Kamakura is a small place about an hour outside of Tokyo. There are roughly 20 shrines in Kamakura and more than sixty temples – so it’s a town rich in history.
Leaving the extremely cute Kita-Kamakura station, cross over the road and right in front of you is the Shokozan Tokeiji Temple. It was founded in 1285 and is nicknamed ‘Divorce Temple’ because women used to have no right to ask for divorces. The Tokeiji Temple was a sanctuary for those who wanted to separate from their husbands. The temple is known for its pretty flowers and delicate blossoms on the trees; the gardens are stunningly composed. Around the back the garden fades into a forest of towering trees which grow up the hillside, patches of trees giving way to graves in the scattered cemetery.
The Daibutsu Hiking Course was a short walk away, and being not much more than 2km, it’s a gentle sort of hike. A fairly steep start taking you to the top of a hill, opening onto a popular picnic area. For 100 Yen you can try Ma Saru Ishi (negative factors in life – depart – rock) where you purchase a miniature clay plate and throw it directly onto a rock. The plate symbolizes the bad influences in your life and smashing it symbolizes getting over the problems in your life.
Not far from the picnic area there is a statue of Minamoto no Yoritomo (源 頼朝), the founder and first shogun of the Kamakura Shogunate, ruling from 1192 until 1199. Down the road is the Zeniarai Benzaiten Ugafuku Jinja Shrine, where you can wash money in water. Strings of origami cranes hang from the ceiling of the water washing cave, and the air is heavy with wisps of incense.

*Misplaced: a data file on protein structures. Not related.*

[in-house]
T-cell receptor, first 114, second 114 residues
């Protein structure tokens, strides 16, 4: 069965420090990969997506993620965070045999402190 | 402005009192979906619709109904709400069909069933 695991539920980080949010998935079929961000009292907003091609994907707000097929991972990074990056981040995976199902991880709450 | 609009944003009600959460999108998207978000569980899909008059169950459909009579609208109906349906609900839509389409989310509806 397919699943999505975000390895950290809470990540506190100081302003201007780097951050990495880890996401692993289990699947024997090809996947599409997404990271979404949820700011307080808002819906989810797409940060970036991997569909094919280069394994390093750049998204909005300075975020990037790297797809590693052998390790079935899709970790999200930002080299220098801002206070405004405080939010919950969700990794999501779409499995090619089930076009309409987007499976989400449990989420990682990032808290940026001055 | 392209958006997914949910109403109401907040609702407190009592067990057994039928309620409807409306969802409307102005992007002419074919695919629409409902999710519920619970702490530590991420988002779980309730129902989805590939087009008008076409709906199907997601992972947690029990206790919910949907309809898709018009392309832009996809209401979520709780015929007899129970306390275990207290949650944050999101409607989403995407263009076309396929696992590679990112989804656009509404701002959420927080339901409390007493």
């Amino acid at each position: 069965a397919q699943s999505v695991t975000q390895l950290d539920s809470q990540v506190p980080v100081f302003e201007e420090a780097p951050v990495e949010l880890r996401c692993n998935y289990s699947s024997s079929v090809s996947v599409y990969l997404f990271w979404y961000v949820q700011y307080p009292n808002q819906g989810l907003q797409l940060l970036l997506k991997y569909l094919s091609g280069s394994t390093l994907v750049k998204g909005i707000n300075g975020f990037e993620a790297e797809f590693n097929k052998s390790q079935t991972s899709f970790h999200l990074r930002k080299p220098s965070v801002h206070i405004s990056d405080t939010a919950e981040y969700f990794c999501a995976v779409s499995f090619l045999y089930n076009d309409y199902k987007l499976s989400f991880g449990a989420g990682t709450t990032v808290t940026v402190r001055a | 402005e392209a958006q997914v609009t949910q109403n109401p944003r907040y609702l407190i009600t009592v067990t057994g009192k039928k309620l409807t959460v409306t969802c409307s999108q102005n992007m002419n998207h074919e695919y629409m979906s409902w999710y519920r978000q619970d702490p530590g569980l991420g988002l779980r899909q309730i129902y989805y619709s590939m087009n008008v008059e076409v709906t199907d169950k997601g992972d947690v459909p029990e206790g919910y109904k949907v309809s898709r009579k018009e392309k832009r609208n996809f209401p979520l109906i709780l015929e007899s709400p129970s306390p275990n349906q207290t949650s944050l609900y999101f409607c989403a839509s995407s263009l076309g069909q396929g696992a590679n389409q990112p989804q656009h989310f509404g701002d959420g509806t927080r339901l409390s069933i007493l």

Another walk upwards up and over the last hill before you decent towards the Daibutsu (Great Buddha). It’s the most famous landmark of Kamakura. Work began on the bronze statue in 1252 and it took about ten years to finish. It damaged by a storm in 1248, and the hall it lived in was completely destroyed, so the replacement statue was made of bronze. It is more than 13 meters tall and weighs over 90 tonnes.
Across the road from the Buddha is the Hase-dera Temple. The temple is known for its statue of Kannon. It was a lovely temple, with precisely designed gardens of rock and ponds. All around the temple were statues called Jizō statues, which are bought by parents mourning children lost in miscarriage, stillbirth, or abortion. The statues live at the temple for a year before being removed to clear space for more statues; it’s thought that around 50,000 Jizō statues have been put at Hase-dera since World War II. Some are small enough to nestle within your hand, the biggest were about half a meter tall.
The Kamakura hiking trail is a great mix of nature, history, beauty, and endurance. A great cultural experience and well worth a day trip.